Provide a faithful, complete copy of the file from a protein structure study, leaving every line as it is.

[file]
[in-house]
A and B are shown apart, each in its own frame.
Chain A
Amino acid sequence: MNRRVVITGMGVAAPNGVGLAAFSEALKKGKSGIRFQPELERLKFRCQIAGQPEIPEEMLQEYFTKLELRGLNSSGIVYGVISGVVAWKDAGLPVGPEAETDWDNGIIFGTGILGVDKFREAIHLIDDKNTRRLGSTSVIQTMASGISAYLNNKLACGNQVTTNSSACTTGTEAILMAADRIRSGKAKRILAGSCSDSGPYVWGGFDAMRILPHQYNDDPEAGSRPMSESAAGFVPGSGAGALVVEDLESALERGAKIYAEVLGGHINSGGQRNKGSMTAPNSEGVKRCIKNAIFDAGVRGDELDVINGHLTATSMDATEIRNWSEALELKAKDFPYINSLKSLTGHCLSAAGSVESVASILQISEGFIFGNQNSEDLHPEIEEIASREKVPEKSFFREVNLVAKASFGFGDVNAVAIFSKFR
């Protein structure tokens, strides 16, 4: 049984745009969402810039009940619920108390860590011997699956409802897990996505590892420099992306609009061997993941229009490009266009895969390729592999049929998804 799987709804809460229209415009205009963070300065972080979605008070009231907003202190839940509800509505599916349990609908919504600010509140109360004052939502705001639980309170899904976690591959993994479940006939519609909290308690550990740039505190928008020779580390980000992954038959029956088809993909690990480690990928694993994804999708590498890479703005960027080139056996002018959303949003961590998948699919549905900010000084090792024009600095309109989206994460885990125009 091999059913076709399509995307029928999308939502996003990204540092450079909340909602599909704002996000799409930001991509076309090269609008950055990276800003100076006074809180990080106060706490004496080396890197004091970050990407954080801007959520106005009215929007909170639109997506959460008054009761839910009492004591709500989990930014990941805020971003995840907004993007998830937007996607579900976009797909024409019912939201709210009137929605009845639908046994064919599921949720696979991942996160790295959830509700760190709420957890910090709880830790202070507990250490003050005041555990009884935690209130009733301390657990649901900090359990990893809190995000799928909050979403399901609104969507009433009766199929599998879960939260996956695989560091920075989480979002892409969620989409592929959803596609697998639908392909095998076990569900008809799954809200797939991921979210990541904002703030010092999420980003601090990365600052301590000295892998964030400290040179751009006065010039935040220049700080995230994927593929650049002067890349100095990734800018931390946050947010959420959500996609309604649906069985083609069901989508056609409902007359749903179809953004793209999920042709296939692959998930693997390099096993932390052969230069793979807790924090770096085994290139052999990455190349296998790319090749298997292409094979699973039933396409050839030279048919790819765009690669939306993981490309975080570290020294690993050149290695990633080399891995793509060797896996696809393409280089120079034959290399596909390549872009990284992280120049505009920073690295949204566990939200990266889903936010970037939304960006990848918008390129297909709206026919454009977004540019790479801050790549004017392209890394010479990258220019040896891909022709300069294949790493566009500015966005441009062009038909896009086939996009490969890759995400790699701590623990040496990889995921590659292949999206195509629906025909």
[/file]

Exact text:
[in-house]
A and B are shown apart, each in its own frame.
Chain A
Amino acid sequence: MNRRVVITGMGVAAPNGVGLAAFSEALKKGKSGIRFQPELERLKFRCQIAGQPEIPEEMLQEYFTKLELRGLNSSGIVYGVISGVVAWKDAGLPVGPEAETDWDNGIIFGTGILGVDKFREAIHLIDDKNTRRLGSTSVIQTMASGISAYLNNKLACGNQVTTNSSACTTGTEAILMAADRIRSGKAKRILAGSCSDSGPYVWGGFDAMRILPHQYNDDPEAGSRPMSESAAGFVPGSGAGALVVEDLESALERGAKIYAEVLGGHINSGGQRNKGSMTAPNSEGVKRCIKNAIFDAGVRGDELDVINGHLTATSMDATEIRNWSEALELKAKDFPYINSLKSLTGHCLSAAGSVESVASILQISEGFIFGNQNSEDLHPEIEEIASREKVPEKSFFREVNLVAKASFGFGDVNAVAIFSKFR
């Protein structure tokens, strides 16, 4: 049984745009969402810039009940619920108390860590011997699956409802897990996505590892420099992306609009061997993941229009490009266009895969390729592999049929998804 799987709804809460229209415009205009963070300065972080979605008070009231907003202190839940509800509505599916349990609908919504600010509140109360004052939502705001639980309170899904976690591959993994479940006939519609909290308690550990740039505190928008020779580390980000992954038959029956088809993909690990480690990928694993994804999708590498890479703005960027080139056996002018959303949003961590998948699919549905900010000084090792024009600095309109989206994460885990125009 091999059913076709399509995307029928999308939502996003990204540092450079909340909602599909704002996000799409930001991509076309090269609008950055990276800003100076006074809180990080106060706490004496080396890197004091970050990407954080801007959520106005009215929007909170639109997506959460008054009761839910009492004591709500989990930014990941805020971003995840907004993007998830937007996607579900976009797909024409019912939201709210009137929605009845639908046994064919599921949720696979991942996160790295959830509700760190709420957890910090709880830790202070507990250490003050005041555990009884935690209130009733301390657990649901900090359990990893809190995000799928909050979403399901609104969507009433009766199929599998879960939260996956695989560091920075989480979002892409969620989409592929959803596609697998639908392909095998076990569900008809799954809200797939991921979210990541904002703030010092999420980003601090990365600052301590000295892998964030400290040179751009006065010039935040220049700080995230994927593929650049002067890349100095990734800018931390946050947010959420959500996609309604649906069985083609069901989508056609409902007359749903179809953004793209999920042709296939692959998930693997390099096993932390052969230069793979807790924090770096085994290139052999990455190349296998790319090749298997292409094979699973039933396409050839030279048919790819765009690669939306993981490309975080570290020294690993050149290695990633080399891995793509060797896996696809393409280089120079034959290399596909390549872009990284992280120049505009920073690295949204566990939200990266889903936010970037939304960006990848918008390129297909709206026919454009977004540019790479801050790549004017392209890394010479990258220019040896891909022709300069294949790493566009500015966005441009062009038909896009086939996009490969890759995400790699701590623990040496990889995921590659292949999206195509629906025909």